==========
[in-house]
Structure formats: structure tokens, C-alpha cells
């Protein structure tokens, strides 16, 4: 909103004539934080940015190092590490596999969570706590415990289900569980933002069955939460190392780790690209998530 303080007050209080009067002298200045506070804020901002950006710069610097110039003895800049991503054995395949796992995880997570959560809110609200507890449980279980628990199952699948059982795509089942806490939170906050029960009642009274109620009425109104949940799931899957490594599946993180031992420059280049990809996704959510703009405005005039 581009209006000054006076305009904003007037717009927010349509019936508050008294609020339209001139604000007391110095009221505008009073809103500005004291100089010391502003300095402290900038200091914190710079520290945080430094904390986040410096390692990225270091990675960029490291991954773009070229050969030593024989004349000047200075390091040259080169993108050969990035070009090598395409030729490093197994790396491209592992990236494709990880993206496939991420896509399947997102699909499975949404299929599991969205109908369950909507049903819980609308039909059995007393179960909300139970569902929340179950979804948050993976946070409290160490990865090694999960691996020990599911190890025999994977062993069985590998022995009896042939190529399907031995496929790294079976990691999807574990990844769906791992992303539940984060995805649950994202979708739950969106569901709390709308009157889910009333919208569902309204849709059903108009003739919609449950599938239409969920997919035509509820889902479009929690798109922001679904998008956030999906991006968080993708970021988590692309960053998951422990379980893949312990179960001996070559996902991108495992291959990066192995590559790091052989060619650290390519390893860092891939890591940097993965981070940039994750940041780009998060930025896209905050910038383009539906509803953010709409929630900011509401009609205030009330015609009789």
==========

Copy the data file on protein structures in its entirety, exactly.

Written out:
[in-house]
Structure formats: structure tokens, C-alpha cells
């Protein structure tokens, strides 16, 4: 909103004539934080940015190092590490596999969570706590415990289900569980933002069955939460190392780790690209998530 303080007050209080009067002298200045506070804020901002950006710069610097110039003895800049991503054995395949796992995880997570959560809110609200507890449980279980628990199952699948059982795509089942806490939170906050029960009642009274109620009425109104949940799931899957490594599946993180031992420059280049990809996704959510703009405005005039 581009209006000054006076305009904003007037717009927010349509019936508050008294609020339209001139604000007391110095009221505008009073809103500005004291100089010391502003300095402290900038200091914190710079520290945080430094904390986040410096390692990225270091990675960029490291991954773009070229050969030593024989004349000047200075390091040259080169993108050969990035070009090598395409030729490093197994790396491209592992990236494709990880993206496939991420896509399947997102699909499975949404299929599991969205109908369950909507049903819980609308039909059995007393179960909300139970569902929340179950979804948050993976946070409290160490990865090694999960691996020990599911190890025999994977062993069985590998022995009896042939190529399907031995496929790294079976990691999807574990990844769906791992992303539940984060995805649950994202979708739950969106569901709390709308009157889910009333919208569902309204849709059903108009003739919609449950599938239409969920997919035509509820889902479009929690798109922001679904998008956030999906991006968080993708970021988590692309960053998951422990379980893949312990179960001996070559996902991108495992291959990066192995590559790091052989060619650290390519390893860092891939890591940097993965981070940039994750940041780009998060930025896209905050910038383009539906509803953010709409929630900011509401009609205030009330015609009789």